Destabilizing Pakistan: Bookending Washington’s China Policy

Global Research, July 26, 2019

Much is being said of US activities aimed at China. Recent protests in Hong Kong together with a US-led propaganda campaign aimed at Beijing’s attempts to quell a growing terrorist threat in Xinjiang are aimed at pressuring the nation to fall back into line within Washington’s enduring unipolar international order.

The latter of these two campaigns in particular – claims of Chinese authoritarianism as Beijing attempts to neutralize US-backed separatists and terrorists in Xinjiang – has also been spun as China “targeting Muslims.”

This ignores the fact that one of China’s closest and oldest allies in Eurasia is Pakistan – a Muslim-majority nation. It also ignores the fact that in Pakistan, the US is playing the same game aimed at cultivating violent extremism, separatism, violence, division, and even the dissolution of Pakistan’s current borders.

Balochistan – the other Xinjiang 

While all the focus has been directed by the Western media on Xinjiang and a supposed “anti-Muslim crackdown” in the region, Pakistan faces the same problem in its southwestern province of Balochistan. In Pakistan – attempts by the government to root out violent separatists surely is not “anti-Muslim.” 

In Balochistan, the US agencies involved in fanning the flames of separatism and violence instead portray Islamabad and the Pakistani military’s efforts to restore order as simply trampling “human rights.” 

US interference in Balochistan is just as extensive as it is in China’s Xinjiang.

Despite the recent move by Washington to list the armed Balochistan Liberation Army (BLA) as a terrorist organization – Islamabad has long accused Washington of funding and arming it along with segments of the Indian government aligned with US interests.

The fact that otherwise ignored activities by Balochistan separatists are covered by certain Indian newspapers even as recently as this year seems to give credence to these accusations. NDTV’s article, “Pro-Balochistan Slogans Raised During Imran Khan’s Address In US,” and India Today’s article, “16 EU Members of Parliament write letter to Trump to intervene in Balochistan,” are just two such examples.

US support is much easier to track down.

US-based Stanford University’s Mapping Militant Organizations project admits that the BLA receives much of its financial aid from the Balochi diaspora. The project’s profile on the Balochistan Liberation Army notes:

Due to high community support for autonomy and independence from people of the Balochistan, many analysts suspect that a large amount of the BLA’s income and weapons supply come from donations from the Balochi people. Balochi leaders have also claimed that financial contributions from the Balochi diaspora make it possible to procure arms and ammunition through the black market.

Thus, even if the US is not directly arming and funding the BLA, it is openly supporting pro-separatists among the Balochi diaspora who even Stanford University experts admit are – in turn – funding the BLA’s terrorism.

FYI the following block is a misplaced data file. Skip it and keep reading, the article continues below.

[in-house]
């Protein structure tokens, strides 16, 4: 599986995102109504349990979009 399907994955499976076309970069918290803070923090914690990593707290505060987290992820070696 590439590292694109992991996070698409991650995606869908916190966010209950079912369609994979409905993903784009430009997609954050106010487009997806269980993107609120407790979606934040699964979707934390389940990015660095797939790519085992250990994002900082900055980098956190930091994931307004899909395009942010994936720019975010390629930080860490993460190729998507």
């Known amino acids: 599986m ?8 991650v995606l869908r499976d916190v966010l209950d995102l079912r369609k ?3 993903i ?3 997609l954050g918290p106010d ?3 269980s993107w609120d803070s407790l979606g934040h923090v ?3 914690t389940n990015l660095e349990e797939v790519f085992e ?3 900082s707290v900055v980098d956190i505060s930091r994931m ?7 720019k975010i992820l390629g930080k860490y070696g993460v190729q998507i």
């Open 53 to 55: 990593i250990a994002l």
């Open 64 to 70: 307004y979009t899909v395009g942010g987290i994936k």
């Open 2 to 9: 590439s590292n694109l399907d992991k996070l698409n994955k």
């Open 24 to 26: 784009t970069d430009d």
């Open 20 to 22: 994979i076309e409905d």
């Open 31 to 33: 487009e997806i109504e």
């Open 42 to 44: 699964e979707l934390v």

The US move to designate the BLA as a foreign terrorist organization holds little meaning. The BLA will find itself beside organizations like Jabhat Al Nusra in Syria which is all but openly funded and armed by the United States and a large cross-section of Washington’s closest European and Arab allies.

Arming militants is only half of the overall strategy seeking to destabilize Pakistan. Subverting national institutions and replacing them with those interlocking with US special interests is the other half.

US NED Working Hard in – and Against – Pakistan  

The US State Department-funded National Endowment for Democracy (NED) and its various subsidiaries are busy at work in Pakistan’s Baluchistan province as well as China’s Xinjiang.

NED has been directly funding and supporting the work of the “Balochistan Institute for Development” (BIFD) which claims to be:

“…the leading resource on democracy, development and human rights in Balochistan, Pakistan.”

In addition to organizing the annual NED-BFID “Workshop on Media, Democracy & Human Rights” BFID reports that USAID had provided funding for a “media-center” for the Baluchistan Assembly to “provide better facilities to reporters who cover the proceedings of the Balochistan Assembly.” It can be assumed that BFID meant reporters are “trained” at NED-BFID workshops and at its USAID-funded center.

There is also Voice of Balochistan whose every top-story is US-funded propaganda, including op-eds by US representatives promoting Balochi separatism, foundation-funded Reporters Without Borders, Soros-funded Human Rights Watch, and a direct message from the US State Department.

Like other US State Department funded propaganda outfits around the world – such as Thailand’s Prachatai – funding is generally obfuscated in order to main “credibility” even when the front’s constant torrent of obvious propaganda more than exposes the game.

The “Free Baluchistan” movement is a US and London-based organizations. The “Baloch Society of North America” serves as a useful aggregate and bellwether regarding US meddling in Pakistan’s Balochistan province. The group’s founder, Dr. Wahid Baloch, openly admits he has met with US politicians in regards to Balochistan independence. This includes Neo-Conservative corporate-lobbyist and National Endowment for Democracy board member, Zalmay Khalilzad.